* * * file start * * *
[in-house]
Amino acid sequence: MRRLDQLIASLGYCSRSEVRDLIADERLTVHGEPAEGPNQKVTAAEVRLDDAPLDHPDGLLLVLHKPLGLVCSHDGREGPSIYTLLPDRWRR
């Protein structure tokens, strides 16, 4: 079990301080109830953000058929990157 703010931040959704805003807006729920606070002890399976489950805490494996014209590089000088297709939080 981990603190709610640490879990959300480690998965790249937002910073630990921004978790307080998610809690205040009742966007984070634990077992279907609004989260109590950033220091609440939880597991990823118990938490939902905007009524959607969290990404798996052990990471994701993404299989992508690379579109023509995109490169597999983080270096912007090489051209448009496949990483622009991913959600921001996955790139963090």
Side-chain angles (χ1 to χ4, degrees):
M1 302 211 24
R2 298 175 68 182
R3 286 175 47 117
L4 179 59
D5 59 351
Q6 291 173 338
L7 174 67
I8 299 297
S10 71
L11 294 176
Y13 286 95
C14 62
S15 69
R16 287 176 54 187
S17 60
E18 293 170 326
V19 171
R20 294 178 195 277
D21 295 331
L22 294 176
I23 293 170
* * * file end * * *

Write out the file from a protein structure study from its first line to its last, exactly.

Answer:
[in-house]
Amino acid sequence: MRRLDQLIASLGYCSRSEVRDLIADERLTVHGEPAEGPNQKVTAAEVRLDDAPLDHPDGLLLVLHKPLGLVCSHDGREGPSIYTLLPDRWRR
């Protein structure tokens, strides 16, 4: 079990301080109830953000058929990157 703010931040959704805003807006729920606070002890399976489950805490494996014209590089000088297709939080 981990603190709610640490879990959300480690998965790249937002910073630990921004978790307080998610809690205040009742966007984070634990077992279907609004989260109590950033220091609440939880597991990823118990938490939902905007009524959607969290990404798996052990990471994701993404299989992508690379579109023509995109490169597999983080270096912007090489051209448009496949990483622009991913959600921001996955790139963090």
Side-chain angles (χ1 to χ4, degrees):
M1 302 211 24
R2 298 175 68 182
R3 286 175 47 117
L4 179 59
D5 59 351
Q6 291 173 338
L7 174 67
I8 299 297
S10 71
L11 294 176
Y13 286 95
C14 62
S15 69
R16 287 176 54 187
S17 60
E18 293 170 326
V19 171
R20 294 178 195 277
D21 295 331
L22 294 176
I23 293 170